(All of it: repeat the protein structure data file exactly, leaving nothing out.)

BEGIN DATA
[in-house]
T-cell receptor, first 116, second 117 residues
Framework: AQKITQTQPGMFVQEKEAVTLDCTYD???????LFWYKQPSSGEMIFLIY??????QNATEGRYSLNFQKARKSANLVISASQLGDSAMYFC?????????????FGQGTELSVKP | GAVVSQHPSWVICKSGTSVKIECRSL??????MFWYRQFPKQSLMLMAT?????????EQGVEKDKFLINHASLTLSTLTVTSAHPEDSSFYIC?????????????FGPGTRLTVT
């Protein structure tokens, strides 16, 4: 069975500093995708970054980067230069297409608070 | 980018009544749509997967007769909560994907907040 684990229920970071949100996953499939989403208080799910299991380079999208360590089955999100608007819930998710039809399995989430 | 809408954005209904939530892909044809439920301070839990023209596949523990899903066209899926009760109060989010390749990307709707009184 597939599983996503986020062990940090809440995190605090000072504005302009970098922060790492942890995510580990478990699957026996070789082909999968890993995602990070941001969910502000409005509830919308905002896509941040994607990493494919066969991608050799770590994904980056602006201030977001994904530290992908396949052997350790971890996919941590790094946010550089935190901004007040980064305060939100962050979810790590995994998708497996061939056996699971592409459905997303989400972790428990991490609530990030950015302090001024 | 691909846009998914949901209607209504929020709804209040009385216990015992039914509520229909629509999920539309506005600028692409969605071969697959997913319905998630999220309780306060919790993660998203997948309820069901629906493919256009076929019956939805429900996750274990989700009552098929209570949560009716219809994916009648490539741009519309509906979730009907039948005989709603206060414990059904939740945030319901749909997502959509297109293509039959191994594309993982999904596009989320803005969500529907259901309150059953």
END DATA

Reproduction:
[in-house]
T-cell receptor, first 116, second 117 residues
Framework: AQKITQTQPGMFVQEKEAVTLDCTYD???????LFWYKQPSSGEMIFLIY??????QNATEGRYSLNFQKARKSANLVISASQLGDSAMYFC?????????????FGQGTELSVKP | GAVVSQHPSWVICKSGTSVKIECRSL??????MFWYRQFPKQSLMLMAT?????????EQGVEKDKFLINHASLTLSTLTVTSAHPEDSSFYIC?????????????FGPGTRLTVT
């Protein structure tokens, strides 16, 4: 069975500093995708970054980067230069297409608070 | 980018009544749509997967007769909560994907907040 684990229920970071949100996953499939989403208080799910299991380079999208360590089955999100608007819930998710039809399995989430 | 809408954005209904939530892909044809439920301070839990023209596949523990899903066209899926009760109060989010390749990307709707009184 597939599983996503986020062990940090809440995190605090000072504005302009970098922060790492942890995510580990478990699957026996070789082909999968890993995602990070941001969910502000409005509830919308905002896509941040994607990493494919066969991608050799770590994904980056602006201030977001994904530290992908396949052997350790971890996919941590790094946010550089935190901004007040980064305060939100962050979810790590995994998708497996061939056996699971592409459905997303989400972790428990991490609530990030950015302090001024 | 691909846009998914949901209607209504929020709804209040009385216990015992039914509520229909629509999920539309506005600028692409969605071969697959997913319905998630999220309780306060919790993660998203997948309820069901629906493919256009076929019956939805429900996750274990989700009552098929209570949560009716219809994916009648490539741009519309509906979730009907039948005989709603206060414990059904939740945030319901749909997502959509297109293509039959191994594309993982999904596009989320803005969500529907259901309150059953």